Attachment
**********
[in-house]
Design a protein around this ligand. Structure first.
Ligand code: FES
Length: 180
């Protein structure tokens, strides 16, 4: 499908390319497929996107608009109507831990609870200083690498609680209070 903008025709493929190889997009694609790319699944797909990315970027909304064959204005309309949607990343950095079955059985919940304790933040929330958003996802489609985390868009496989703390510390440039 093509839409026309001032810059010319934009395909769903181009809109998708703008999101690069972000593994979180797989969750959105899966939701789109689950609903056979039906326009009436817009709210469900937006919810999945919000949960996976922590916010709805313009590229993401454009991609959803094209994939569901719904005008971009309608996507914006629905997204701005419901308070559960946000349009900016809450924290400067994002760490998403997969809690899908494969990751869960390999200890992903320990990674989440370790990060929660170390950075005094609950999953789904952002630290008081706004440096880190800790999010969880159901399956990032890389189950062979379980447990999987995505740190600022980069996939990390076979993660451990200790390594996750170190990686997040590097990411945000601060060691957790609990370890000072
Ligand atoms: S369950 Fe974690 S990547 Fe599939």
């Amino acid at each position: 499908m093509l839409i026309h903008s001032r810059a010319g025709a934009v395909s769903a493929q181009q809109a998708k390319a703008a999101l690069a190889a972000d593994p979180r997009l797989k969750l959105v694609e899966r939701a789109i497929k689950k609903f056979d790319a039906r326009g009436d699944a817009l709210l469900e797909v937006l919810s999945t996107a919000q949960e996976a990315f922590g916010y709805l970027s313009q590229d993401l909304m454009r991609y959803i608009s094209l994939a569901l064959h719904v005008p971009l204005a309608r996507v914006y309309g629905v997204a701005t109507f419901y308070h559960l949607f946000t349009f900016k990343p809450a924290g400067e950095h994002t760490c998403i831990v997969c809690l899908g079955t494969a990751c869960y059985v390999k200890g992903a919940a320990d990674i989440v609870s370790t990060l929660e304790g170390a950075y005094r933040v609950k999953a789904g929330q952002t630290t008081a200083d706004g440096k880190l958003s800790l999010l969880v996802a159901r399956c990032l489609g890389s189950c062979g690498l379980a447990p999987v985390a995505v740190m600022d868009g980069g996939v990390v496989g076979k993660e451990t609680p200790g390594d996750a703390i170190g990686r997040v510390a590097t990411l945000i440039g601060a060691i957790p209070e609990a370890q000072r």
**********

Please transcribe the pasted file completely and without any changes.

[in-house]
Design a protein around this ligand. Structure first.
Ligand code: FES
Length: 180
């Protein structure tokens, strides 16, 4: 499908390319497929996107608009109507831990609870200083690498609680209070 903008025709493929190889997009694609790319699944797909990315970027909304064959204005309309949607990343950095079955059985919940304790933040929330958003996802489609985390868009496989703390510390440039 093509839409026309001032810059010319934009395909769903181009809109998708703008999101690069972000593994979180797989969750959105899966939701789109689950609903056979039906326009009436817009709210469900937006919810999945919000949960996976922590916010709805313009590229993401454009991609959803094209994939569901719904005008971009309608996507914006629905997204701005419901308070559960946000349009900016809450924290400067994002760490998403997969809690899908494969990751869960390999200890992903320990990674989440370790990060929660170390950075005094609950999953789904952002630290008081706004440096880190800790999010969880159901399956990032890389189950062979379980447990999987995505740190600022980069996939990390076979993660451990200790390594996750170190990686997040590097990411945000601060060691957790609990370890000072
Ligand atoms: S369950 Fe974690 S990547 Fe599939």
């Amino acid at each position: 499908m093509l839409i026309h903008s001032r810059a010319g025709a934009v395909s769903a493929q181009q809109a998708k390319a703008a999101l690069a190889a972000d593994p979180r997009l797989k969750l959105v694609e899966r939701a789109i497929k689950k609903f056979d790319a039906r326009g009436d699944a817009l709210l469900e797909v937006l919810s999945t996107a919000q949960e996976a990315f922590g916010y709805l970027s313009q590229d993401l909304m454009r991609y959803i608009s094209l994939a569901l064959h719904v005008p971009l204005a309608r996507v914006y309309g629905v997204a701005t109507f419901y308070h559960l949607f946000t349009f900016k990343p809450a924290g400067e950095h994002t760490c998403i831990v997969c809690l899908g079955t494969a990751c869960y059985v390999k200890g992903a919940a320990d990674i989440v609870s370790t990060l929660e304790g170390a950075y005094r933040v609950k999953a789904g929330q952002t630290t008081a200083d706004g440096k880190l958003s800790l999010l969880v996802a159901r399956c990032l489609g890389s189950c062979g690498l379980a447990p999987v985390a995505v740190m600022d868009g980069g996939v990390v496989g076979k993660e451990t609680p200790g390594d996750a703390i170190g990686r997040v510390a590097t990411l945000i440039g601060a060691i957790p209070e609990a370890q000072r």